Mortality is the exemplary story of one man’s refusal to cower in the face of the unknown, as well as a searching look at the human predicament. Crisp and vivid, veined throughout with penetrating intelligence, Hitchens’s testament is a courageous and lucid work of literature, an affirmation of the dignity and worth of man.
I really enjoyed reading this book, as he gave an insight to the journey that well-known atheist, Christopher Hitchens was on during the last 18 months of his life. He described in vivid detail, so much of the pain, and agonizing that he went through dealing with esophageal cancer. Losing his voice, (and any of you who have heard him, know that he was an outstanding speaker) and eventually losing other aspects of his bodily functions, Hitchens continued producing his great work and writings almost up until the day of his death.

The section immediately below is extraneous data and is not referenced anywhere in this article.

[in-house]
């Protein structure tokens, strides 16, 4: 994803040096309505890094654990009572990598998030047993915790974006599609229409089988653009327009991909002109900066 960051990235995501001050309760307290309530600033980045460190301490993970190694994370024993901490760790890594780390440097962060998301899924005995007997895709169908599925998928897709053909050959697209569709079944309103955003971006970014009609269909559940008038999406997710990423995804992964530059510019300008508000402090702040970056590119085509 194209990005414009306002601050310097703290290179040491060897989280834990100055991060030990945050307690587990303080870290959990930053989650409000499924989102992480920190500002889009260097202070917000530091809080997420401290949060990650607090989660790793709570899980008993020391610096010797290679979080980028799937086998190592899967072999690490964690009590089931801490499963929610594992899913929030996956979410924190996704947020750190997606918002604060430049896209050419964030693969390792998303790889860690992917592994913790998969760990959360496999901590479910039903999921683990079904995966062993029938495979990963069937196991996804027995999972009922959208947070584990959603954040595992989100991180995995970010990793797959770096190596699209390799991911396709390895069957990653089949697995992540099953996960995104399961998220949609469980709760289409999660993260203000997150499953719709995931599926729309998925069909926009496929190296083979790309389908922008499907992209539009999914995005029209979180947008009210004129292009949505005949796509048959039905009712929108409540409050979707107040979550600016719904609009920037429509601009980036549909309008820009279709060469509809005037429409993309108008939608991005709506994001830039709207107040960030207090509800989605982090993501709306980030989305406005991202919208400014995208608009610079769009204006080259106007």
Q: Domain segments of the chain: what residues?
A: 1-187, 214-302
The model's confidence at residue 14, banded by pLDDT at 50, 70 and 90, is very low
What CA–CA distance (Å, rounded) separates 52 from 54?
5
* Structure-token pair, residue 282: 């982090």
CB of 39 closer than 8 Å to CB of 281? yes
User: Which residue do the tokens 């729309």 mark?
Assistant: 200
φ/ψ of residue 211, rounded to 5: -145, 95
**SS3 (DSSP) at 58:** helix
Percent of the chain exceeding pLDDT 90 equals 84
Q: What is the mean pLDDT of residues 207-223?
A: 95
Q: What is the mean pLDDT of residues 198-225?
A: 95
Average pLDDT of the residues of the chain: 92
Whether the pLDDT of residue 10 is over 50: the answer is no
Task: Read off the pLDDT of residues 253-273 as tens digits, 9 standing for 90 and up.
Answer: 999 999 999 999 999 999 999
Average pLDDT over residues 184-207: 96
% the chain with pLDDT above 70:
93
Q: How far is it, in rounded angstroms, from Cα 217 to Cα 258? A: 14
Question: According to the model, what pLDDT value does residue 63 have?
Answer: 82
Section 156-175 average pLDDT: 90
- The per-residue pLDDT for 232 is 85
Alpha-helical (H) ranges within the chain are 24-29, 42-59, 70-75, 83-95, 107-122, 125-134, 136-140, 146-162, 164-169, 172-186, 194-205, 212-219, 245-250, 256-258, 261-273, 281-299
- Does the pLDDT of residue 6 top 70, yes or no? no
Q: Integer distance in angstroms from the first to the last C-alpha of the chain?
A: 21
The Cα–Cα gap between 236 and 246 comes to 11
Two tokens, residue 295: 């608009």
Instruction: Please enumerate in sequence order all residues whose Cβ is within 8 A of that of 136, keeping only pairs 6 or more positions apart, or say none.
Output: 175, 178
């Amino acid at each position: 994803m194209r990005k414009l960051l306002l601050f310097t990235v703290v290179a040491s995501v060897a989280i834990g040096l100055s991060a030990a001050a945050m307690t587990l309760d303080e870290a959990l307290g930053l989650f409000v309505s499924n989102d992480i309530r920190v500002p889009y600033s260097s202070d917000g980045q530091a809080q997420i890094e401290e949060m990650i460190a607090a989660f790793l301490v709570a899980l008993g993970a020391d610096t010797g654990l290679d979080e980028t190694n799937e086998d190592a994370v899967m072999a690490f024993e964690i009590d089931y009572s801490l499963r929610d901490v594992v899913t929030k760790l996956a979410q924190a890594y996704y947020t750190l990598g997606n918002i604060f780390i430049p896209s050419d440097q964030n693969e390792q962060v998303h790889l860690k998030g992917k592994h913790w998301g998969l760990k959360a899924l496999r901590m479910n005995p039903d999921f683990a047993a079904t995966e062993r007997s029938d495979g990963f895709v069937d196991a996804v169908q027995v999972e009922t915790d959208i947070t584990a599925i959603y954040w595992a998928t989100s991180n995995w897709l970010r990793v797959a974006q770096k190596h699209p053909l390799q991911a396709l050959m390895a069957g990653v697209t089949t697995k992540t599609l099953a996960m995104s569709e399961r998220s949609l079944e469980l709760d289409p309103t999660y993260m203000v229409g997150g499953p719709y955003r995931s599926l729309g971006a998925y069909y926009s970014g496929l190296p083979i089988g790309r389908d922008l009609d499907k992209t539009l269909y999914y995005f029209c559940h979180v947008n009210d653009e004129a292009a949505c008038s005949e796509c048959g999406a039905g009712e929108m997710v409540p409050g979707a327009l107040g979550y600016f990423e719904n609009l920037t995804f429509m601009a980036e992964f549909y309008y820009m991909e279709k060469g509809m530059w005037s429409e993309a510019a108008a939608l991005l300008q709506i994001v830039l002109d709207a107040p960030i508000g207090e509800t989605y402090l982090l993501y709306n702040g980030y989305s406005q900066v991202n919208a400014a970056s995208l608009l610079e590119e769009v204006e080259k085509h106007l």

If you’ve ever had to face “death” head on, it is an experience that shall never forget whether you live through it or not. In January 2015, I underwent emergency open heart surgery for a aortic dissection (of which, 98% of the time is almost instantaneously fatal), spent 2 ½ months in intensive care at the hospital, in which I had a great deal of time to reflect upon my life, but also to start mapping out the rest of the journey.
I think these types of experiences bring us to face our own “mortality”, so if (or I should say when) we find yourself at that point of life’s journey, embrace it to do some of the best work you’ve ever done, to reach out to those who love and care about you and to let them know you love and care about them as well.
Enjoy this fine reading, I’m sure you will enjoy it!